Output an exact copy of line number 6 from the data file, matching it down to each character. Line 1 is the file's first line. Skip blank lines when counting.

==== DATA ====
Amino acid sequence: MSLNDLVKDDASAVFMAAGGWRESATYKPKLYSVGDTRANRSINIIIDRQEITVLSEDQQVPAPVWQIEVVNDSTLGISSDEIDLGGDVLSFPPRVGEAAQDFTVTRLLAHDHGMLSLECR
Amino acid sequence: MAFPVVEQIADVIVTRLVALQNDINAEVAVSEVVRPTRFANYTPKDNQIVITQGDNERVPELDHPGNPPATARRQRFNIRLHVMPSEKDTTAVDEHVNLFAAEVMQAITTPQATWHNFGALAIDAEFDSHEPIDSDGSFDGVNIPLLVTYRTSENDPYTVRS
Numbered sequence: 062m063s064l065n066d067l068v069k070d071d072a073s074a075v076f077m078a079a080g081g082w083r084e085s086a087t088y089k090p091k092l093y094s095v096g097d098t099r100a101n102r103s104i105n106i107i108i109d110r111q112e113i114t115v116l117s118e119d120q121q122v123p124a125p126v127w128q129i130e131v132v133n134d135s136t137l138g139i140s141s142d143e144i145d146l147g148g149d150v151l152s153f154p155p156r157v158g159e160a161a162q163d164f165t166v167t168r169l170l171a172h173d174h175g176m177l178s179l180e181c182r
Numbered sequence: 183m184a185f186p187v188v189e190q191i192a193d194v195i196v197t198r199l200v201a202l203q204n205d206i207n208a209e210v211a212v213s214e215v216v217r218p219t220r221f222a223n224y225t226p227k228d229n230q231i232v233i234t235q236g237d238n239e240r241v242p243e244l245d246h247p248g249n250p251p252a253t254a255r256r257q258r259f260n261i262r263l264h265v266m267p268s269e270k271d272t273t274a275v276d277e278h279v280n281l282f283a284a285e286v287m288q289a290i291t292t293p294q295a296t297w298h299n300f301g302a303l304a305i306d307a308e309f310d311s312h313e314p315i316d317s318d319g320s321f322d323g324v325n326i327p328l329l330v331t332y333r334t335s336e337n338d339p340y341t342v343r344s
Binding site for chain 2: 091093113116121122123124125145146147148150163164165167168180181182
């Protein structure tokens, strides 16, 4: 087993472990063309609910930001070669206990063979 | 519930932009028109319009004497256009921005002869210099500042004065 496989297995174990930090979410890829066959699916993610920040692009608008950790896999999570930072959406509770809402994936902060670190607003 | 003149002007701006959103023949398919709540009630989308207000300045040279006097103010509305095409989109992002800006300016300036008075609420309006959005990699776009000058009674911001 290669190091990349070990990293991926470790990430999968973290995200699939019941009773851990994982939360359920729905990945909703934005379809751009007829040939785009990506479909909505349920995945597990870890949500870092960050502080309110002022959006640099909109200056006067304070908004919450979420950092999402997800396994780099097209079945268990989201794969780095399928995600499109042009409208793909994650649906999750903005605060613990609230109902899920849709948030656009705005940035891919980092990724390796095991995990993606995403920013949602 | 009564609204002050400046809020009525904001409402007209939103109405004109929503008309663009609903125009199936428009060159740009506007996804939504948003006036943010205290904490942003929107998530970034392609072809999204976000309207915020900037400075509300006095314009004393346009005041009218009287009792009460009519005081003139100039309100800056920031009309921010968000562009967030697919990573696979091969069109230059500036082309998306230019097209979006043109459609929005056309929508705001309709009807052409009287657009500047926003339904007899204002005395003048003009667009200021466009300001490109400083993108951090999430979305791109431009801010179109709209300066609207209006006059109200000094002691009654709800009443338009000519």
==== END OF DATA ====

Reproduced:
């Protein structure tokens, strides 16, 4: 087993472990063309609910930001070669206990063979 | 519930932009028109319009004497256009921005002869210099500042004065 496989297995174990930090979410890829066959699916993610920040692009608008950790896999999570930072959406509770809402994936902060670190607003 | 003149002007701006959103023949398919709540009630989308207000300045040279006097103010509305095409989109992002800006300016300036008075609420309006959005990699776009000058009674911001 290669190091990349070990990293991926470790990430999968973290995200699939019941009773851990994982939360359920729905990945909703934005379809751009007829040939785009990506479909909505349920995945597990870890949500870092960050502080309110002022959006640099909109200056006067304070908004919450979420950092999402997800396994780099097209079945268990989201794969780095399928995600499109042009409208793909994650649906999750903005605060613990609230109902899920849709948030656009705005940035891919980092990724390796095991995990993606995403920013949602 | 009564609204002050400046809020009525904001409402007209939103109405004109929503008309663009609903125009199936428009060159740009506007996804939504948003006036943010205290904490942003929107998530970034392609072809999204976000309207915020900037400075509300006095314009004393346009005041009218009287009792009460009519005081003139100039309100800056920031009309921010968000562009967030697919990573696979091969069109230059500036082309998306230019097209979006043109459609929005056309929508705001309709009807052409009287657009500047926003339904007899204002005395003048003009667009200021466009300001490109400083993108951090999430979305791109431009801010179109709209300066609207209006006059109200000094002691009654709800009443338009000519």